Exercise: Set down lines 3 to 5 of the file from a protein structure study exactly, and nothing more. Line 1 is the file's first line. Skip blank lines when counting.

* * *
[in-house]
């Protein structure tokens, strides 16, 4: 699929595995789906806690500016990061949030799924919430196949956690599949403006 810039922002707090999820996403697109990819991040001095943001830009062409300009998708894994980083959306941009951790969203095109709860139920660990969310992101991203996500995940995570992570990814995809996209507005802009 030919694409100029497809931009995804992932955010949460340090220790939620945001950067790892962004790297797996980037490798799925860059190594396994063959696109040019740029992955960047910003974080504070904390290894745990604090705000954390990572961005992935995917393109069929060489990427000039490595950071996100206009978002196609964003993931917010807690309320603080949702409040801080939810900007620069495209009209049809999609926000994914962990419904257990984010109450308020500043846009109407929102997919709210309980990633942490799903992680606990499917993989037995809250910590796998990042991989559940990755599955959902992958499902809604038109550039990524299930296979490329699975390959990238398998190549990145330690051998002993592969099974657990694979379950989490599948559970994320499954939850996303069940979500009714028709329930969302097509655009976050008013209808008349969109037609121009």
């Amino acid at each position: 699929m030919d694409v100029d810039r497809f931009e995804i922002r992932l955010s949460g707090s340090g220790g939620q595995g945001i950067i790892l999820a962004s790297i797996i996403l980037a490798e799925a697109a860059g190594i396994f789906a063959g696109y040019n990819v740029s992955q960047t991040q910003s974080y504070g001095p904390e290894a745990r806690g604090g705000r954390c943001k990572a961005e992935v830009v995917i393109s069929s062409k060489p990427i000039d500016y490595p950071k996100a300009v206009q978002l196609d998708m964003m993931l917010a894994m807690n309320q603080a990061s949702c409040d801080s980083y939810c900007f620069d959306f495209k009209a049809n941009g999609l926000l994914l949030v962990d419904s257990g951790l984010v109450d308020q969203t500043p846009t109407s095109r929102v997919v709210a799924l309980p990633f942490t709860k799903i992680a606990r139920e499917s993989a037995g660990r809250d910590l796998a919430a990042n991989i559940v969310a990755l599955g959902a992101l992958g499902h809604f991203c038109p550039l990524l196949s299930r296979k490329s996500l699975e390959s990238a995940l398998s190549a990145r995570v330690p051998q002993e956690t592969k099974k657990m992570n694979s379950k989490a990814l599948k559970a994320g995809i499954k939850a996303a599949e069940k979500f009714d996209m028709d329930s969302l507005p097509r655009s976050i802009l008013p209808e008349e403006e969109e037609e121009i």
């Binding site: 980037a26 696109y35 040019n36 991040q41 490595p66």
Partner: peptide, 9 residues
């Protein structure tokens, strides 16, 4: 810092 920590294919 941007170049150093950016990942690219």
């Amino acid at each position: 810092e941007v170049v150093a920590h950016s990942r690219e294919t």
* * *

């Amino acid at each position: 699929m030919d694409v100029d810039r497809f931009e995804i922002r992932l955010s949460g707090s340090g220790g939620q595995g945001i950067i790892l999820a962004s790297i797996i996403l980037a490798e799925a697109a860059g190594i396994f789906a063959g696109y040019n990819v740029s992955q960047t991040q910003s974080y504070g001095p904390e290894a745990r806690g604090g705000r954390c943001k990572a961005e992935v830009v995917i393109s069929s062409k060489p990427i000039d500016y490595p950071k996100a300009v206009q978002l196609d998708m964003m993931l917010a894994m807690n309320q603080a990061s949702c409040d801080s980083y939810c900007f620069d959306f495209k009209a049809n941009g999609l926000l994914l949030v962990d419904s257990g951790l984010v109450d308020q969203t500043p846009t109407s095109r929102v997919v709210a799924l309980p990633f942490t709860k799903i992680a606990r139920e499917s993989a037995g660990r809250d910590l796998a919430a990042n991989i559940v969310a990755l599955g959902a992101l992958g499902h809604f991203c038109p550039l990524l196949s299930r296979k490329s996500l699975e390959s990238a995940l398998s190549a990145r995570v330690p051998q002993e956690t592969k099974k657990m992570n694979s379950k989490a990814l599948k559970a994320g995809i499954k939850a996303a599949e069940k979500f009714d996209m028709d329930s969302l507005p097509r655009s976050i802009l008013p209808e008349e403006e969109e037609e121009i």
């Binding site: 980037a26 696109y35 040019n36 991040q41 490595p66």
Partner: peptide, 9 residues